Shared Island Initiative, Day 1 -  a trojan horse for unity or a shared future based on mutual respect?

Shared Island Initiative, Day 1 -  a trojan horse for unity or a shared future based on mutual respect?

A bullet-riddled welcome to Northern Ireland sign on the border between Derrylin, Co Fermanagh and Ballyconnell, Co Cavan. The communities where paramilitarism offers a chance of some fast cash and a sense of purpose will not be aided by conversation alone. PA Photo

On the first of our three-day feature on the Shared Island initiative, political correspondent Aoife Moore speaks with Taoiseach Micheál Martin, a survivor of the Miami Showband Massacre and a father who lost his son in the Omagh bombing.

According to the government, the Shared Island Unit "supports the implementation of the Government’s commitment to work with all communities and traditions on the island to build consensus around a shared future on the island underpinned by the Good Friday Agreement".

Overseen by Principal Officer Eoghan Duffy, the Unit is examining the political, social, economic and cultural considerations for a "shared future in which all traditions are mutually respected".

"Fostering inclusive dialogue and commissioning research on a shared future. The unit works in close cooperation with other Government Departments and engages on an inclusive basis with civil society, North and South on the island."

A series of online meetings labelled "dialogues" are hoping to target all communities on the island, including young people, ethnic minorities, with sources keen to point out that some 1.3 million people have been born since the Good Friday Agreement.

A series of eight to 10 discussions are to be held between now and the summer.

The two core pillars are; Key social issues that would be of concern to people on the island, environment, health, education, and the whole island economy.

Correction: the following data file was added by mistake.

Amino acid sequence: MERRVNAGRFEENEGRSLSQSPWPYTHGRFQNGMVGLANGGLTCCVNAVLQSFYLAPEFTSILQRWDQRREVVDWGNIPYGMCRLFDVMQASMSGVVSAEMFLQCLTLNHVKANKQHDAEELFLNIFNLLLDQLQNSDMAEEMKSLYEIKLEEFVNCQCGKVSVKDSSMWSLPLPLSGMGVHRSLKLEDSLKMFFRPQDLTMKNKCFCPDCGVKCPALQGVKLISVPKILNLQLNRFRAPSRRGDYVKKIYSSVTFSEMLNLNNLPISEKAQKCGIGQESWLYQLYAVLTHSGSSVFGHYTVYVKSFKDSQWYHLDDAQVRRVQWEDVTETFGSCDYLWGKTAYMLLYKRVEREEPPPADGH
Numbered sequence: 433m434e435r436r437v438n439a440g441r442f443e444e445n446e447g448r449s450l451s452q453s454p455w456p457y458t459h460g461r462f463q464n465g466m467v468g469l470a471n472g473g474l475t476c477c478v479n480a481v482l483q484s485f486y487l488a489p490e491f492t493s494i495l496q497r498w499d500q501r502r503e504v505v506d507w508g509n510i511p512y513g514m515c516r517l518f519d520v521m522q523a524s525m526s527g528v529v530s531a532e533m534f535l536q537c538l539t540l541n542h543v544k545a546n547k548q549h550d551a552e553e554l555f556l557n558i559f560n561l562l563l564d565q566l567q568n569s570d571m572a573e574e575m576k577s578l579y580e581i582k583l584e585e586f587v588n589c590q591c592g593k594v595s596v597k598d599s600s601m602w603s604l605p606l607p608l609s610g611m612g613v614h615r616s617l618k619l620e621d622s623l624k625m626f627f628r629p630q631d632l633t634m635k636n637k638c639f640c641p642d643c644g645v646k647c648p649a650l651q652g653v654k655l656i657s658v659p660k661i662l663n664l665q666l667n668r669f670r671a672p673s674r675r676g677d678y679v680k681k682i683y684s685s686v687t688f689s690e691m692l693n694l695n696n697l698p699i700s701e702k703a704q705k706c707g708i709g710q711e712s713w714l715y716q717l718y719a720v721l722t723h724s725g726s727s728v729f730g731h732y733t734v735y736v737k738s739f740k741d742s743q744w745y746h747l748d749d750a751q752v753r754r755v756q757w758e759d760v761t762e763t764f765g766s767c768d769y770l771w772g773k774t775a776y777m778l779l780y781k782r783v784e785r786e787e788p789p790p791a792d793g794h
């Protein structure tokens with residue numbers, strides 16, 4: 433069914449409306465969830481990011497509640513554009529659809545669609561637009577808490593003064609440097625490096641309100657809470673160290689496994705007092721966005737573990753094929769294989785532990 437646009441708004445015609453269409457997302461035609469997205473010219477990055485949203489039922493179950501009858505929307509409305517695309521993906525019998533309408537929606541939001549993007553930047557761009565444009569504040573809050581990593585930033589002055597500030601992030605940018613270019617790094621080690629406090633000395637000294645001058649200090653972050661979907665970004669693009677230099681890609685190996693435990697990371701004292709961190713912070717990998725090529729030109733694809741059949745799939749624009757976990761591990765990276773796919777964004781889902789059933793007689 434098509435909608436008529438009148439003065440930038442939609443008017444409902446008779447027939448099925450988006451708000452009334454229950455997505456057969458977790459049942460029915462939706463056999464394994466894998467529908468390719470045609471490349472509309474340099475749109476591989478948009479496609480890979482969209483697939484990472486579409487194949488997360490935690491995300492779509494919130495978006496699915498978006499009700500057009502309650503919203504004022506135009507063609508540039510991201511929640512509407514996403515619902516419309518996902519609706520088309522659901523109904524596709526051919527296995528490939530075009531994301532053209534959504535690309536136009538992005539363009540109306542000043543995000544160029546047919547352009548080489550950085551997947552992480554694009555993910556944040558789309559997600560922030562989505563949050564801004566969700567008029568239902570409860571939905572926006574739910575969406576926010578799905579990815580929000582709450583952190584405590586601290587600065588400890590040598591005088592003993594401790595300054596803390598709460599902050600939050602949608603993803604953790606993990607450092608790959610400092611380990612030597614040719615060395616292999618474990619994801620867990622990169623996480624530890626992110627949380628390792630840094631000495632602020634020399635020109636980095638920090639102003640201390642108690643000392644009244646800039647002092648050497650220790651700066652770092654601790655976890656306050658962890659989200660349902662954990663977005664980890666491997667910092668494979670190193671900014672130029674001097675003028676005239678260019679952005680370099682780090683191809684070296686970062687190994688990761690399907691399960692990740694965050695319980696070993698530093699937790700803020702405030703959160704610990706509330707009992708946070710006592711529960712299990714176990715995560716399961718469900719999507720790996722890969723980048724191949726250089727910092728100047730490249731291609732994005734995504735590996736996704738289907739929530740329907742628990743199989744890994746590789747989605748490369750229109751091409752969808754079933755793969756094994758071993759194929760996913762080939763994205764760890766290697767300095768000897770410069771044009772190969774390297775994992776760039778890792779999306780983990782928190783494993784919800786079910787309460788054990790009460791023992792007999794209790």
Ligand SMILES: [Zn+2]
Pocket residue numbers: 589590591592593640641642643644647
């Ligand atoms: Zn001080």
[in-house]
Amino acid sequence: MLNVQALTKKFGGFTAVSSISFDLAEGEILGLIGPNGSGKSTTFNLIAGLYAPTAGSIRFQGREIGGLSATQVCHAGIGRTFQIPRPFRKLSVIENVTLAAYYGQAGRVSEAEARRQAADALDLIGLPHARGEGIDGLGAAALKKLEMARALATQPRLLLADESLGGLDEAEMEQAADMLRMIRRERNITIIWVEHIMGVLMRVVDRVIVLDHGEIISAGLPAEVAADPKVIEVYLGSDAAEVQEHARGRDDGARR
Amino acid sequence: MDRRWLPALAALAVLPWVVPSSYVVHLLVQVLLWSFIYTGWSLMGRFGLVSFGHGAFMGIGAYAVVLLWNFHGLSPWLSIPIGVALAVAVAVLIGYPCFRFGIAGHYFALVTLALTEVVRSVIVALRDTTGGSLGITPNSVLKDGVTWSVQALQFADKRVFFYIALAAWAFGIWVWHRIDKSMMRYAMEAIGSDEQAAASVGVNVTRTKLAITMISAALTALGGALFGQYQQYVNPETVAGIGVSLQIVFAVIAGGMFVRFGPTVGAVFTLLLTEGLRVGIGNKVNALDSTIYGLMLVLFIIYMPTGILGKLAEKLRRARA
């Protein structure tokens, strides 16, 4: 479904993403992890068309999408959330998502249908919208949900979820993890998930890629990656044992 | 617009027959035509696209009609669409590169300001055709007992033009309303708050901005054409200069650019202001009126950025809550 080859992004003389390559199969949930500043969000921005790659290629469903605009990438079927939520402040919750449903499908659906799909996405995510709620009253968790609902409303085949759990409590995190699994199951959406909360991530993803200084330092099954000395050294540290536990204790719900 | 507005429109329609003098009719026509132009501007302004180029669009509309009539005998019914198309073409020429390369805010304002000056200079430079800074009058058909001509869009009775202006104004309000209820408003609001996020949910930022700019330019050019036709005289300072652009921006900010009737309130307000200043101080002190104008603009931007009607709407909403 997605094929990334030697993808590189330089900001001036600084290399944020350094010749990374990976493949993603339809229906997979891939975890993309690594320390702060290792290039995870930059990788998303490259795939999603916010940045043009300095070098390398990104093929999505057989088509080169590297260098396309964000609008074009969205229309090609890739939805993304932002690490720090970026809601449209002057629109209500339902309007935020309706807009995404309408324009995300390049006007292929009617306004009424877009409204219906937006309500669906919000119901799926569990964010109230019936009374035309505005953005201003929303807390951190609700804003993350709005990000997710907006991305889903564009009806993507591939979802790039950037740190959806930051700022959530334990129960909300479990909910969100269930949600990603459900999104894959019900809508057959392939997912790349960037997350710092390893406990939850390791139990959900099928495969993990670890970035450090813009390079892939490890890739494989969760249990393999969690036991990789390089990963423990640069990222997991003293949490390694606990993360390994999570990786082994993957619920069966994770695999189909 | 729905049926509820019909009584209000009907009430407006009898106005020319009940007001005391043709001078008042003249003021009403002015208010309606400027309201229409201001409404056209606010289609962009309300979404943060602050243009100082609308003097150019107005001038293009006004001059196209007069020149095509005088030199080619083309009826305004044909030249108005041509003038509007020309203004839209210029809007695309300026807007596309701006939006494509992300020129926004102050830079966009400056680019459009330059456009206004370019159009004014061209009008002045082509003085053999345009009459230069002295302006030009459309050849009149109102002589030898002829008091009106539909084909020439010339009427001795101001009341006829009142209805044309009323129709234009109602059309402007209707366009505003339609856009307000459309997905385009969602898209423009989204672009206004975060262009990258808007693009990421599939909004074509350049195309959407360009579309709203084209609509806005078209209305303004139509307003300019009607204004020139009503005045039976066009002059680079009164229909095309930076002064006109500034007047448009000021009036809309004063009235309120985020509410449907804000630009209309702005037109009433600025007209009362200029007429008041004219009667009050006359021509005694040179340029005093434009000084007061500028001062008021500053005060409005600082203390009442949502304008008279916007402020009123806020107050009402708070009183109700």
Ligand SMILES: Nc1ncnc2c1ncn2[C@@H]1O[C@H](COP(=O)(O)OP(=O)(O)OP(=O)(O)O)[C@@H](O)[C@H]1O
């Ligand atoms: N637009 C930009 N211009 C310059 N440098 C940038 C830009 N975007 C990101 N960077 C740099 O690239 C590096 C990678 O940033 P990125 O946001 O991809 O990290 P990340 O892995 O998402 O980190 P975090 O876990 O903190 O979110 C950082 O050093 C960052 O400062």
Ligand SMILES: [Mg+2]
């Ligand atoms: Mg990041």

The other pillar is around key civic concerns addressed in the Good Friday Agreement, including identity and equality.

The outcome of these "dialogues" will feed into the broader work of the Shared Island Unit, according to sources.

There will be no reviews, reports, polls, focus groups or reports published from or about any of the dialogues of the Shared Island Unit.

The first, held in November, had over 80 people from north and south across civic, student, sporting faith, cultural and youth groups.

The Shared Island Fund, as part of Budget 2021, saw €500m made available over the next five years to 2025, ring-fenced for Shared Island projects.

In overall terms, priorities for investment through the Shared Island Fund are set out in the Programme for Government and include:

- Working with the Executive to actually deliver key cross-border infrastructure initiatives, including the A5, the Ulster Canal, the Narrow Water Bridge, and cross-border greenways, including the Sligo-Enniskillen greenway;

- Working with the Executive and the UK Government to achieve greater connectivity on the island, including for instance, to examine the feasibility of high-speed rail connections.

- Working with the Executive and the UK Government on new investment and development opportunities in the North West and Border communities, including coordinated investment at the University of Ulster Magee Campus in Derry.